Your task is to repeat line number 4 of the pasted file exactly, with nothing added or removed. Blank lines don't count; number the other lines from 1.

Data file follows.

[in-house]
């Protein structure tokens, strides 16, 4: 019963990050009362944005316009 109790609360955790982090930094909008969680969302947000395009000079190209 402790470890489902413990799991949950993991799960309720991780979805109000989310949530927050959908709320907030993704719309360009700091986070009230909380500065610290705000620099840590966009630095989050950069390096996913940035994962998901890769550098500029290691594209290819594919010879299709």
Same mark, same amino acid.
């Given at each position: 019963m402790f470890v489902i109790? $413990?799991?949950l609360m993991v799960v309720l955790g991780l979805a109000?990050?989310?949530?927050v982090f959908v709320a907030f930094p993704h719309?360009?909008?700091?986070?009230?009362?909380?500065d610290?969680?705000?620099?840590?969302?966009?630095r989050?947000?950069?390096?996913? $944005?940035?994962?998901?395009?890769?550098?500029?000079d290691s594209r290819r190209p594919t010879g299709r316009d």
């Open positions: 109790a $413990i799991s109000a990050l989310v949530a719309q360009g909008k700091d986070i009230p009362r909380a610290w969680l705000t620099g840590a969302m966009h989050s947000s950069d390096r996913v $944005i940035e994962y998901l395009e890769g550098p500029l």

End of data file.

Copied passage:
């Given at each position: 019963m402790f470890v489902i109790? $413990?799991?949950l609360m993991v799960v309720l955790g991780l979805a109000?990050?989310?949530?927050v982090f959908v709320a907030f930094p993704h719309?360009?909008?700091?986070?009230?009362?909380?500065d610290?969680?705000?620099?840590?969302?966009?630095r989050?947000?950069?390096?996913? $944005?940035?994962?998901?395009?890769?550098?500029?000079d290691s594209r290819r190209p594919t010879g299709r316009d």